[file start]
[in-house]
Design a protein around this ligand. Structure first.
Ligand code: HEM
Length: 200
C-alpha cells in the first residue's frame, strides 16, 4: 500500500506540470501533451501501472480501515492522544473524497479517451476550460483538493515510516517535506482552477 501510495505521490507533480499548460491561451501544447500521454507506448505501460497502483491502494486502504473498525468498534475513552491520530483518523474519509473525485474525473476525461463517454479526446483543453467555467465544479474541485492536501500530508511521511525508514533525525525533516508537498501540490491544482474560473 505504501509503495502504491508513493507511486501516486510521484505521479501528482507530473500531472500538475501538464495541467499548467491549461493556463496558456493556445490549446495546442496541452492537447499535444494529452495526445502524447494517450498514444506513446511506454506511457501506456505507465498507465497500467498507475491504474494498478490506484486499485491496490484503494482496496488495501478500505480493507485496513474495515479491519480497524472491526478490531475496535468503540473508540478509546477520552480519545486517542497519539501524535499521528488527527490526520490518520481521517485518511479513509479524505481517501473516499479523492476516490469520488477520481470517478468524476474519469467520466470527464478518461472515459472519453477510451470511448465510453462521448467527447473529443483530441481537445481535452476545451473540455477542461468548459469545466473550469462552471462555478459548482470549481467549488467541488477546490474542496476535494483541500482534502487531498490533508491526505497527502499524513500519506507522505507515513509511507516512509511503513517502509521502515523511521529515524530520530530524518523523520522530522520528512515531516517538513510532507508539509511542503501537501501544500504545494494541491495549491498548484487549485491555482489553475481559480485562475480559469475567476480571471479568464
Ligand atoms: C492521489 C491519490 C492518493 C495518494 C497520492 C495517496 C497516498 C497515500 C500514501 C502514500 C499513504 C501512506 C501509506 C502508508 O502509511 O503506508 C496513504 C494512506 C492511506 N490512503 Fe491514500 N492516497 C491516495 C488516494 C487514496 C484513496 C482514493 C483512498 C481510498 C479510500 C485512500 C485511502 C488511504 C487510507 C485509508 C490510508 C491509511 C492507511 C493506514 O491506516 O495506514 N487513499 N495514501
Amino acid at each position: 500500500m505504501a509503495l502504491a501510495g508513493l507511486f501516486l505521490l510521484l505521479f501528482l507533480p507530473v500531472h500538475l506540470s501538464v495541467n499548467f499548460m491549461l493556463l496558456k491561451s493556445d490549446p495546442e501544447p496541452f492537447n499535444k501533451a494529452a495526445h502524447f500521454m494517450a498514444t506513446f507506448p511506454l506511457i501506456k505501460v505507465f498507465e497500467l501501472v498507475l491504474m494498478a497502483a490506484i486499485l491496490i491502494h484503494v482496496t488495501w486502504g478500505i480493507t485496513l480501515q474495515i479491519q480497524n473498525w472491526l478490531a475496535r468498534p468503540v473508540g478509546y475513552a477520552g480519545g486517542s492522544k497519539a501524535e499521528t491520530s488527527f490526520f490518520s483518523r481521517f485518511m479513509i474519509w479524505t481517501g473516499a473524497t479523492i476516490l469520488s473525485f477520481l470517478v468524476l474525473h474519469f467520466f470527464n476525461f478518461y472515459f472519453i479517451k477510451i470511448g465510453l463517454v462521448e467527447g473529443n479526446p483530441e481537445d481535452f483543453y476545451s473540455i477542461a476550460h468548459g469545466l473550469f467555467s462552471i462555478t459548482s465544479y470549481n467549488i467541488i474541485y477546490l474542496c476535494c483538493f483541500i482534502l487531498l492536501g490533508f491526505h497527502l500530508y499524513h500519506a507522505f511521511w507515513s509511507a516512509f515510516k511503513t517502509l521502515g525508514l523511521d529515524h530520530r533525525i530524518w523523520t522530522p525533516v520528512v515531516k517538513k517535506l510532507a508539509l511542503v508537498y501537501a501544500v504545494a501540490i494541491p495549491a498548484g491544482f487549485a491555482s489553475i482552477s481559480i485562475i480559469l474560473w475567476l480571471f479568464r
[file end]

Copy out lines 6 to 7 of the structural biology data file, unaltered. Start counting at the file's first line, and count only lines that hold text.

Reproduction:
Ligand atoms: C492521489 C491519490 C492518493 C495518494 C497520492 C495517496 C497516498 C497515500 C500514501 C502514500 C499513504 C501512506 C501509506 C502508508 O502509511 O503506508 C496513504 C494512506 C492511506 N490512503 Fe491514500 N492516497 C491516495 C488516494 C487514496 C484513496 C482514493 C483512498 C481510498 C479510500 C485512500 C485511502 C488511504 C487510507 C485509508 C490510508 C491509511 C492507511 C493506514 O491506516 O495506514 N487513499 N495514501
Amino acid at each position: 500500500m505504501a509503495l502504491a501510495g508513493l507511486f501516486l505521490l510521484l505521479f501528482l507533480p507530473v500531472h500538475l506540470s501538464v495541467n499548467f499548460m491549461l493556463l496558456k491561451s493556445d490549446p495546442e501544447p496541452f492537447n499535444k501533451a494529452a495526445h502524447f500521454m494517450a498514444t506513446f507506448p511506454l506511457i501506456k505501460v505507465f498507465e497500467l501501472v498507475l491504474m494498478a497502483a490506484i486499485l491496490i491502494h484503494v482496496t488495501w486502504g478500505i480493507t485496513l480501515q474495515i479491519q480497524n473498525w472491526l478490531a475496535r468498534p468503540v473508540g478509546y475513552a477520552g480519545g486517542s492522544k497519539a501524535e499521528t491520530s488527527f490526520f490518520s483518523r481521517f485518511m479513509i474519509w479524505t481517501g473516499a473524497t479523492i476516490l469520488s473525485f477520481l470517478v468524476l474525473h474519469f467520466f470527464n476525461f478518461y472515459f472519453i479517451k477510451i470511448g465510453l463517454v462521448e467527447g473529443n479526446p483530441e481537445d481535452f483543453y476545451s473540455i477542461a476550460h468548459g469545466l473550469f467555467s462552471i462555478t459548482s465544479y470549481n467549488i467541488i474541485y477546490l474542496c476535494c483538493f483541500i482534502l487531498l492536501g490533508f491526505h497527502l500530508y499524513h500519506a507522505f511521511w507515513s509511507a516512509f515510516k511503513t517502509l521502515g525508514l523511521d529515524h530520530r533525525i530524518w523523520t522530522p525533516v520528512v515531516k517538513k517535506l510532507a508539509l511542503v508537498y501537501a501544500v504545494a501540490i494541491p495549491a498548484g491544482f487549485a491555482s489553475i482552477s481559480i485562475i480559469l474560473w475567476l480571471f479568464r